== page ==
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Jim Salter, Associated Press
Jim Salter, Associated Press
ST. LOUIS (AP) — St. Louis prosecutors on Friday charged Missouri Gov. Eric Greitens with a felony for his use of a charity donor list for his 2016 political campaign, adding to the first-term governor’s legal woes.
The charge of tampering with computer data is in addition to an earlier charge alleging Greitens took and transmitted a nonconsensual photo of a partially nude woman with whom he had an extramarital affair in 2015. The new charge accuses Greitens of obtaining the donor list from The Mission Continues without permission from the St. Louis-based charity that Greitens founded. He previously paid a small fine to the state Ethics Commission for failing to report the list as a campaign contribution.
Greitens has been facing increasing pressure to resign — including from fellow Republicans — since a special House investigative committee’s report released April 11 that detailed allegations from the woman with whom he had the affair. She testified that Greitens restrained, slapped, grabbed, shoved and threatened her during a series of sexual encounters that at times left her crying and afraid.
Greitens has denied committing any crimes and vowed to remain in office, calling the investigations into him a “political witch hunt.”
Missouri Attorney General Josh Hawley, a Republican whose office has been investigating The Mission Continues, announced Tuesday that he had found evidence to support a felony charge against Greitens, but said it was up to the St. Louis circuit attorney’s office to file charges. That office had to move quickly because the statute of limitations was approaching.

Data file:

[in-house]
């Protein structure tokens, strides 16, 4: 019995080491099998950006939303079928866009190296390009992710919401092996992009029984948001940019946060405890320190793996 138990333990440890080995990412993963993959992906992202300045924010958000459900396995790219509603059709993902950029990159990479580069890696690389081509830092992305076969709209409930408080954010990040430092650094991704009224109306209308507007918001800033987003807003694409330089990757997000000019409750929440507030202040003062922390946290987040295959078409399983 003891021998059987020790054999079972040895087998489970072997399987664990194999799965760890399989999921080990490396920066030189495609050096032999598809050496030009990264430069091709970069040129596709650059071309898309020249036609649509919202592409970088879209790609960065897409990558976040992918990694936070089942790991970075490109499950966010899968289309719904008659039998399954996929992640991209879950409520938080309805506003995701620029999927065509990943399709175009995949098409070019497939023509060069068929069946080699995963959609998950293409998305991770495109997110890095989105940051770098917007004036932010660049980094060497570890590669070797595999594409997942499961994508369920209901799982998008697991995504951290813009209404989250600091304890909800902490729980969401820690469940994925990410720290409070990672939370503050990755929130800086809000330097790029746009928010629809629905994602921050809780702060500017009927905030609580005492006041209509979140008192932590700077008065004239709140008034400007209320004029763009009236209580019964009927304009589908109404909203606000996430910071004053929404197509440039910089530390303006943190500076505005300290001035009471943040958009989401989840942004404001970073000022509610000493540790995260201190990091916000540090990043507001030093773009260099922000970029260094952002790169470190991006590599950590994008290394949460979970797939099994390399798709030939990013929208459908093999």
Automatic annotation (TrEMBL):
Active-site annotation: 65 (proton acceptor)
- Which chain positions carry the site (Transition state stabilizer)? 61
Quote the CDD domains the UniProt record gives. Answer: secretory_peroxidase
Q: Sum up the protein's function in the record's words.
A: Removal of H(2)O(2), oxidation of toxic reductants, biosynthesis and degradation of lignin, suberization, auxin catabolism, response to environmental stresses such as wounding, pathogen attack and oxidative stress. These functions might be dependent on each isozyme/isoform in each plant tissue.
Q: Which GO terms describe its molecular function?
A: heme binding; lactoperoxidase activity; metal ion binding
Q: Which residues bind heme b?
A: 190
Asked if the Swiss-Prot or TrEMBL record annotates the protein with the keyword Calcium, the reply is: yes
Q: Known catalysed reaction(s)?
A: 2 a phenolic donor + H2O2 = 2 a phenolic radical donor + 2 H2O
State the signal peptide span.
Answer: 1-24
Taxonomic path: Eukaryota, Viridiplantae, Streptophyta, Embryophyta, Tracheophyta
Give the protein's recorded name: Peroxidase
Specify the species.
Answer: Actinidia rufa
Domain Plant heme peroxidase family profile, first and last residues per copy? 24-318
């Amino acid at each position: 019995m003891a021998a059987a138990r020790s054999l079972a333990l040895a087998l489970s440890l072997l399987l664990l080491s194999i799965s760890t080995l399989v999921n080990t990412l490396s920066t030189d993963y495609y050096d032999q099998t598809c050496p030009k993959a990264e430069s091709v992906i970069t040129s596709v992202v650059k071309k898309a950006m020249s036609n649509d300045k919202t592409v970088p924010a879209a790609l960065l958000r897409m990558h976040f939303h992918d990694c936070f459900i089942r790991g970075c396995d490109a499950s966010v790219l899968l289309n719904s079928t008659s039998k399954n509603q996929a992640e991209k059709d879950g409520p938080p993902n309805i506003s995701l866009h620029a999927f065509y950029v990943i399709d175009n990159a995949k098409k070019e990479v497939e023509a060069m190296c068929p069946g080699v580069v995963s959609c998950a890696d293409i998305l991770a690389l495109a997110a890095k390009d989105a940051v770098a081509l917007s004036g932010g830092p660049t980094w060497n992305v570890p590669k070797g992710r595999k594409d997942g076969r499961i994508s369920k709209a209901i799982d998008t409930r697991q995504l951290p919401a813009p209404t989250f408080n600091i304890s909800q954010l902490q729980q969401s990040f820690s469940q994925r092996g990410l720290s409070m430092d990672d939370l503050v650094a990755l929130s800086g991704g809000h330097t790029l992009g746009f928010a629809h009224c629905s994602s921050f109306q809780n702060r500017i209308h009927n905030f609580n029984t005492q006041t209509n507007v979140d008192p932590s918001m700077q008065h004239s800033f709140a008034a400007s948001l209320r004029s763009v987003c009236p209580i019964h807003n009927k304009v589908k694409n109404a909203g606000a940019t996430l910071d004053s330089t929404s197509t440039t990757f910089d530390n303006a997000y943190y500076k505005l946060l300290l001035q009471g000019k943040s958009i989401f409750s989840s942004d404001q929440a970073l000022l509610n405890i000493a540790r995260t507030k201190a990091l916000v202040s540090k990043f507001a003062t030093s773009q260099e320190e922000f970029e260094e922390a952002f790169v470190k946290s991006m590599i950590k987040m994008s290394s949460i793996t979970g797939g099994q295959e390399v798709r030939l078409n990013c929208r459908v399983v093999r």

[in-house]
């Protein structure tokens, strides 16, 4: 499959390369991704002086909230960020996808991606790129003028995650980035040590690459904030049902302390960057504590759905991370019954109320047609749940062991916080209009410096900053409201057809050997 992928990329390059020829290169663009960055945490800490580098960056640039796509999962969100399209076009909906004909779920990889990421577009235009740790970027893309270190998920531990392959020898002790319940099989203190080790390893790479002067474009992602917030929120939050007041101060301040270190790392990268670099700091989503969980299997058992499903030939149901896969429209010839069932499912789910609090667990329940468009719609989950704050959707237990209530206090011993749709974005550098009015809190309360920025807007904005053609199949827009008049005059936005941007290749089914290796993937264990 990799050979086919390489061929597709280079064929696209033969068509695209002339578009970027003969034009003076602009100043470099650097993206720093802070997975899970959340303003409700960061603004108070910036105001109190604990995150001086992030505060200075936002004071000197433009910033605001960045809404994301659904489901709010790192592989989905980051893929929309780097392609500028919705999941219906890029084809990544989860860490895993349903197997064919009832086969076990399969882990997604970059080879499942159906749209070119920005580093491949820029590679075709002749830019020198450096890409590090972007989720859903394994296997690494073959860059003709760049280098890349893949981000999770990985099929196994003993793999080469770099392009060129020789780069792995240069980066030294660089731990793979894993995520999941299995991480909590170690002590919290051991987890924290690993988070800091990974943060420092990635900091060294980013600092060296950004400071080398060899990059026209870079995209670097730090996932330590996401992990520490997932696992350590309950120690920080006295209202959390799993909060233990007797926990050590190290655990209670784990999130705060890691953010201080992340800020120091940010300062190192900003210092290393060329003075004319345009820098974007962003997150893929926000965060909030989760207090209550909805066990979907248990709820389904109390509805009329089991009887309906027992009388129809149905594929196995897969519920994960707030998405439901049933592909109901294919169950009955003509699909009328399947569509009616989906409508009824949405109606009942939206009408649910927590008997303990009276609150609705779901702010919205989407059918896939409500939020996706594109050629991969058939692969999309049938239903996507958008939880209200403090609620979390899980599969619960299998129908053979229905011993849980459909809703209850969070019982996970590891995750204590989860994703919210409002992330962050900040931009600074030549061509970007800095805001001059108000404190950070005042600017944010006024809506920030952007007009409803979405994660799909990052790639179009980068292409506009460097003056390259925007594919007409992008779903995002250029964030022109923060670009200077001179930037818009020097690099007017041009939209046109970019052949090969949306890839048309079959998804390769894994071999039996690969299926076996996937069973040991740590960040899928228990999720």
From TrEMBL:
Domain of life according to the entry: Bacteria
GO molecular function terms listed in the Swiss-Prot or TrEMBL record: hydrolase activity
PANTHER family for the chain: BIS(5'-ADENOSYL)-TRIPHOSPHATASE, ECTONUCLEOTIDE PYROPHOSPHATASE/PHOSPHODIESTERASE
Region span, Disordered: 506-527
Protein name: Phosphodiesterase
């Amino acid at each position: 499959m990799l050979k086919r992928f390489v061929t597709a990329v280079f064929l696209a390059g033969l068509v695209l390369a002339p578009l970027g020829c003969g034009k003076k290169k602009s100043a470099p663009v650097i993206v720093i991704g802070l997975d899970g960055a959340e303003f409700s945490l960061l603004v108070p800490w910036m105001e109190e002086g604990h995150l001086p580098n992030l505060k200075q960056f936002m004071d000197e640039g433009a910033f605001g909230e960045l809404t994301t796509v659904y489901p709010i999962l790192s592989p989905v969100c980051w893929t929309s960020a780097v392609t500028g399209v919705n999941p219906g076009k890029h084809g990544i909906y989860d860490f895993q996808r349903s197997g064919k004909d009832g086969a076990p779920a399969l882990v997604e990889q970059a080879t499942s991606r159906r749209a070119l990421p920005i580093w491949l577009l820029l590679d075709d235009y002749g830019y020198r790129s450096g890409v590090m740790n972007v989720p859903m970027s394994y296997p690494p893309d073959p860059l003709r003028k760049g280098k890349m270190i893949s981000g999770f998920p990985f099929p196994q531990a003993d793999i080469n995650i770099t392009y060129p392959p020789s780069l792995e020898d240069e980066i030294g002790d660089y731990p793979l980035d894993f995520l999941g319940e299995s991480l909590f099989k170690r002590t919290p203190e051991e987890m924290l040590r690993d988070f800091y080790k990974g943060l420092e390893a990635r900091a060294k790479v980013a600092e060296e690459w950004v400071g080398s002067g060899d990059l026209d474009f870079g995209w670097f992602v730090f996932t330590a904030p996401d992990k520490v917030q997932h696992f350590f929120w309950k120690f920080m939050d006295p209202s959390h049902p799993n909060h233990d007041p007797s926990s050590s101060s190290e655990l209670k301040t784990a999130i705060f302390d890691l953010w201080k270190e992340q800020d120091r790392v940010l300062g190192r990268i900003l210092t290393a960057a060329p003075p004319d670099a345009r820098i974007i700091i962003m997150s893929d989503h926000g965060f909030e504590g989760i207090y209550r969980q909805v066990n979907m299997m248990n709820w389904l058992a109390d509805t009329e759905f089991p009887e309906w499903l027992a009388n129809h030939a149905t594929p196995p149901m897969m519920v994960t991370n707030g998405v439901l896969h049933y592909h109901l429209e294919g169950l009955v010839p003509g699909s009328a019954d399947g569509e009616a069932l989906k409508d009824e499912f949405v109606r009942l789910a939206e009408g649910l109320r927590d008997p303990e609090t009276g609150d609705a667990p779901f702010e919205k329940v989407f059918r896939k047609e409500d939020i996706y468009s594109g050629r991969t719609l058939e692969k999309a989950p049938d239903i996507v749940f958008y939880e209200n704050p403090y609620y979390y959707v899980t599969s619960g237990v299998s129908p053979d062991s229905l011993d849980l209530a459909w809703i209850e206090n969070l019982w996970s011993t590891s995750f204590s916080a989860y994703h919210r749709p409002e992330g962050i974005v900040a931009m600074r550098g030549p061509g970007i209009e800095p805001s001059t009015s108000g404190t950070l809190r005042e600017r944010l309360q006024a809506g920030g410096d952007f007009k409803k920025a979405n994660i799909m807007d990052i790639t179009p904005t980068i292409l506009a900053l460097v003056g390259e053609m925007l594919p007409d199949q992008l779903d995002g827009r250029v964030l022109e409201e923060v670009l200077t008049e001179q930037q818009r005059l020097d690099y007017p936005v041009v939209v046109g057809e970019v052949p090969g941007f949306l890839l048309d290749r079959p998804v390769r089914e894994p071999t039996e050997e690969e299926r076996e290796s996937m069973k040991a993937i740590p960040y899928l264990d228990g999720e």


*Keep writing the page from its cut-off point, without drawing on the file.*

Greitens has called Democratic St. Louis Circuit Attorney Kim Gardner a “reckless liberal prosecutor” for leading the investigation that resulted in the invasion-of-privacy charge. His attorneys, in court hearings and filings, have painted a picture of an incompetent prosecutor who rather than working with police to investigate Greitens hired a private investigator who bungled the investigation, hid evidence and lied to the court.
Gardner’s office began investigating after KMOV-TV in St. Louis first reported on the affair on Jan. 10, the day Greitens was giving his annual State of the State speech. The governor acknowledged the affair but denied allegations that he had threatened to release a compromising photo of the woman if she disclosed the relationship. His trial in that case is scheduled to begin May 14.
Hawley’s office has said that its investigation into The Mission Continues began after the St. Louis Post-Dispatch reported in February that it had it had obtained a copy of an email indicating that a Greitens employee who previously worked at the charity had shared the donor list in January 2015 with Michael Hafner, who had been working for Greitens’ gubernatorial exploratory committee, and Danny Laub, Greitens’ first campaign manager.
The Associated Press first reported in October 2016 that Greitens’ campaign obtained a list of top donors to The Mission Continues and raised nearly $2 million from donors who were on it. He initially denied to the AP that he had used the donor list for his campaign. But in April 2017, Greitens agreed to pay a $100 fine for failing to report that his gubernatorial campaign had, in fact, received the charity’s donor list. Greitens’ campaign filed amended finance reports referring to the list as an in-kind contribution valued at $600 and received March 1, 2015, from Laub.
Greitens, a former Navy SEAL officer and Rhodes Scholar, and Hawley both won election in 2016 as maverick political outsiders. Hawley is now running to unseat Democratic U.S. Sen. Claire McCaskill, and Democrats have been running TV ads linking Hawley to Greitens. Democrats have criticized Hawley’s earlier investigation that found no wrongdoing in Greitens’ use of a text message-destroying app, and claimed he stepped up his investigation of the charity only after it became politically beneficial.
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